Jeff Atwood's post on backup strategies made me reflect on what I was doing myself to keep my data safe. I don't really have a "backup strategy", though I do try to keep a good backup around (and I'm always careful to, for example, backup my laptop when I'm traveling with it).

But definitely, I have some major holes in my current backup management. Currently, I have a very simplistic backup procedure:

  1. Every once in a while I back all my really important files (mail, pictures, documents and so on) over to an external drive that I usually keep connected to my laptop. My backups aren't really huge, so I can easily keep two versions around.
  2. Every once in a while (less often) I do a second backup into a 20GB small external drive (what used to be an Archos Gmini 120 MP3 player, now formatted using NTFS). This is small enough that I can easily put this somewhere else as a good second level backup.
  3. Regularly I do a third copy of my data into a DVD (yes, the backup of my core stuff still fits in a DVD with a bit of compression).

For (1) and (2) I've been using Microsoft's SyncToy for a number of years, and for the most part it usually works OK (as long as you don't have too many read-only files and make sure no files are in use). It's not perfect, but it does the trick, though I guess I could easily replace it with a batch file and robocopy.

There's one thing I haven't covered yet in my backups: Source Code. Actually, this is for the most part easy because most of it is in source control already, so I don't have too much of a need to back it up explicitly (and most of it is my client's servers, so I don't have to take care of it). I do keep a local CVS repository (yes, one day I'll migrate it off that, I promise!), which I do backup regularly as part of my backup sets.

Though these simple mechanisms have worked for me so far, there are a few significant things I'd definitely like to improve:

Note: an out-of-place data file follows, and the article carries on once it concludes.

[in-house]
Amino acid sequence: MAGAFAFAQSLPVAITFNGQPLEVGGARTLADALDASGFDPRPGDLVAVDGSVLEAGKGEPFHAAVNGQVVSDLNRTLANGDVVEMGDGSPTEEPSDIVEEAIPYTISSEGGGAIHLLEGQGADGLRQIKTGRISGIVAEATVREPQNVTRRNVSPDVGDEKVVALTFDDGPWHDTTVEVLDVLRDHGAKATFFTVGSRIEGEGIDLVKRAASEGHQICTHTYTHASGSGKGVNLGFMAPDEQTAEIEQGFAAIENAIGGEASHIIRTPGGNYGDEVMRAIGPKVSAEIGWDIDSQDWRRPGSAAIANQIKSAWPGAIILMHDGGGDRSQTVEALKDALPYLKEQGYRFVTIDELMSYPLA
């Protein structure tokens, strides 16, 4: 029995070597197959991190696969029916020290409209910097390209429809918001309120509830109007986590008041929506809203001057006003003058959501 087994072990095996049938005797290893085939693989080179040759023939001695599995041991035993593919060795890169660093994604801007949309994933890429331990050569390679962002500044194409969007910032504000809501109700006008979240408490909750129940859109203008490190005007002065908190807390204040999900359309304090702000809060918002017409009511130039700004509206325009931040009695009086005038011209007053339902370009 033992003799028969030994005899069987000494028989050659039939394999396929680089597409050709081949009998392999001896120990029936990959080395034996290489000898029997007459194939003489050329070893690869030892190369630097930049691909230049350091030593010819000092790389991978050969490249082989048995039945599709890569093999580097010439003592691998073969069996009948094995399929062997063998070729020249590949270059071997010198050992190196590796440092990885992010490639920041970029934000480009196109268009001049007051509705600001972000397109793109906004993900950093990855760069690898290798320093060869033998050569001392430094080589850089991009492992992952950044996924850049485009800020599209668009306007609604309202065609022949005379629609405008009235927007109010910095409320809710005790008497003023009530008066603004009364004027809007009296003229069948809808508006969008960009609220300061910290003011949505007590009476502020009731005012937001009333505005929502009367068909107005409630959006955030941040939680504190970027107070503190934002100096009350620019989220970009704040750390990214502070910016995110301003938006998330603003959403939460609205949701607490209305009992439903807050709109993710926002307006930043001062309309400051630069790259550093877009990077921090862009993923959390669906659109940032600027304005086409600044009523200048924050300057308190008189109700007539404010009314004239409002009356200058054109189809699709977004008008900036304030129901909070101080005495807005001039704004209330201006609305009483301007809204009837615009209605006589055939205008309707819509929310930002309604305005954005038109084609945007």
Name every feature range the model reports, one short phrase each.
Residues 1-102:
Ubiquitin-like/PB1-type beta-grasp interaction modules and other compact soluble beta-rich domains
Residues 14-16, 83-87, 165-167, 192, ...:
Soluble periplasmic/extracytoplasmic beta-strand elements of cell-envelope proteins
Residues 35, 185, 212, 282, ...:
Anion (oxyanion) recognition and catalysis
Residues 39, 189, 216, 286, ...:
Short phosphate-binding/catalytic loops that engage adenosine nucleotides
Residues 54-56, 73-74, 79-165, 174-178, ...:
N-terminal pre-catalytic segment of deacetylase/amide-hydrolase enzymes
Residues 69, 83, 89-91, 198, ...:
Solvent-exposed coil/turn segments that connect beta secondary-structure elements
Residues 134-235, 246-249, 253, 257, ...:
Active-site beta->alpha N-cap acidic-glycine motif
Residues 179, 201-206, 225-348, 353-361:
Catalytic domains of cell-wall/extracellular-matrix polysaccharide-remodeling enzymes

1. I'd definitely like to start keeping more offsite backups, and more often.
  2. I don't currently backup a number of things, particularly my music collection (ranging around 40GB now). If I lost it, I could rebuild it from a number of sources (CDs, emusic catalog and so on) but I would still lose some of it. Still, backing up that much data is a hassle. I'll probably end up getting a second large external drive for this once I finally get a desktop machine.

A while ago I had given Mozy a quick try, and rather liked the idea. The problem at that time was that our internet access here in Colombia still isn't all that very good (unless you're willing to pay very large sums of money for it). Specifically, we have very crappy upload speeds, which pretty much made a service like Mozy impossible to use effectively.

Recently, after our local phone company started getting some competition this has changed a bit, and now they have doubled our upload speeds to a whooping 256Kbps (on good days!), so I decided to give Mozy a try again. It took all day, but I was able to create and upload a new 850MB backup of some of the most important stuff (mostly documents and such), so at least this gives me hope that I can start using this more effectively now. We'll see.

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Tomas Restrepo

Software developer located in Colombia.